Poor crisis communication makes airline laughing stock
United Airlines’ shares fell more than 4% in April as outrage over Dr David Dao of Kentucky being dragged off an overbooked flight finally caught up to the stock. The incident, exacerbated by poor communication, meant United’s shares were among the worst performers in the S&P 500. According to Andy Swan of LikeFolio, which monitors social media for financial applications, United’s chief executive Oscar Muñoz poured fuel on the flames with his insensitive and, frankly, misguided attempt to justify his employees’ behaviour. Instead of viewing what transpired on a United plane Sunday evening as a one-off incident, now United’s shareholders are questioning the competence of management in handling crisis scenarios, Swan said, explaining why the stock is starting to drop. “This is an enormous deal for shareholders,” he said. Indeed, at one point more than $900m was wiped off the value of the company, although it has since recovered slightly.
A month is a long time in news terms so here’s a quick recap in case you’ve forgotten the event that grabbed headlines and attracted worldwide derision on talk shows and social media…
An overbooked United Airlines needed to entice four passengers to voluntarily give up their seats to allow crew members on standby to travel on the flight. When a somewhat modest (given the stakes) cash incentive didn’t do the trick, United Airlines resorted to violence to free up a seat, shockingly injuring the passenger concerned. The incident was filmed on a smartphone and the airline has been excoriated on social media ever since for its use of physical force to drag a passenger with a confirmed booking – a doctor no less – off the plane.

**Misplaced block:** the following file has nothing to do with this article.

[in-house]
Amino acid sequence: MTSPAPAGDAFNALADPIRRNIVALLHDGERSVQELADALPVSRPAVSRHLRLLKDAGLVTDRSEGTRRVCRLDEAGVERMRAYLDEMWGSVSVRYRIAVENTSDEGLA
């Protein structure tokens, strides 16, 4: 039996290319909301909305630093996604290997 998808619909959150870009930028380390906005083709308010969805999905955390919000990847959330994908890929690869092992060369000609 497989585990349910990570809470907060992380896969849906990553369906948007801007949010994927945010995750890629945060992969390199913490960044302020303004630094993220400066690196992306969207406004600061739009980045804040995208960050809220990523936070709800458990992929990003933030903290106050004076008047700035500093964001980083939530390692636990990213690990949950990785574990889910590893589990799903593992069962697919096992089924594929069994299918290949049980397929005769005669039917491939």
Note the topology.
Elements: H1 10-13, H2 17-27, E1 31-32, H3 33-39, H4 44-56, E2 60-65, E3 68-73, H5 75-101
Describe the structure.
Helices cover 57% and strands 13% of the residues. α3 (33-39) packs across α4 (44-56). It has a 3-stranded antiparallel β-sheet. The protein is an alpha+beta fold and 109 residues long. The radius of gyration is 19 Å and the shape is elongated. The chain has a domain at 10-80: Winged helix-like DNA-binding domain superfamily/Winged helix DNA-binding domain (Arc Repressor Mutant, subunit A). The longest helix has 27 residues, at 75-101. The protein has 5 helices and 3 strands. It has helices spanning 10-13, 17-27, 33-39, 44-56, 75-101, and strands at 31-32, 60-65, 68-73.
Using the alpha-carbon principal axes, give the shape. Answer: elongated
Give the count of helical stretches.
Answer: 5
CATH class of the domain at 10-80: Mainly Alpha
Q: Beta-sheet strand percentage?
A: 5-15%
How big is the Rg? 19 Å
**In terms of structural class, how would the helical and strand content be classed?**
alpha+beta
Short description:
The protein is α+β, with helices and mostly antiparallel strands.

In an effort to make the incident go away, CEO apologised for having to “reaccommodate” passengers on the plane and, as if this made the situation better, said his staff had followed “established procedures”. He claimed Dr David Dao, the man dragged from the plane, suffered concussion and now apparently needs reconstructive surgery on his face, “had been asked politely to “deplane” but was “disruptive and belligerent”. No kidding! Surely most of us would be “disruptive and belligerent” if physically manhandled out of a seat we had booked and paid for.
But consider the weasel words the CEO used to whitewash his employees’ overreaction. “Reaccommodate?” The Urban Dictionary now defines this as a euphemistic term for an airline’s decision to “knock out and then drag off unconscious passengers”. As for the little-known “deplane”, even in the US where it is more familiar, this tends to be used by the pilot to invite customers to leave the plane when they arrive at their destination – not to describe kicking a passenger off the flight before it has even taken off. Ironically, this demonstration of poor crisis communications came from the man who had been recognised by PR Week magazine as ‘Communicator of the Year’ only a month earlier.
Oscar Muñoz had a fleeting opportunity to make things right by responding as a human being to a PR nightmare that went viral worldwide on social media but chose to resort to mindless corporate gobbledygook instead. Quite simply, he blew it.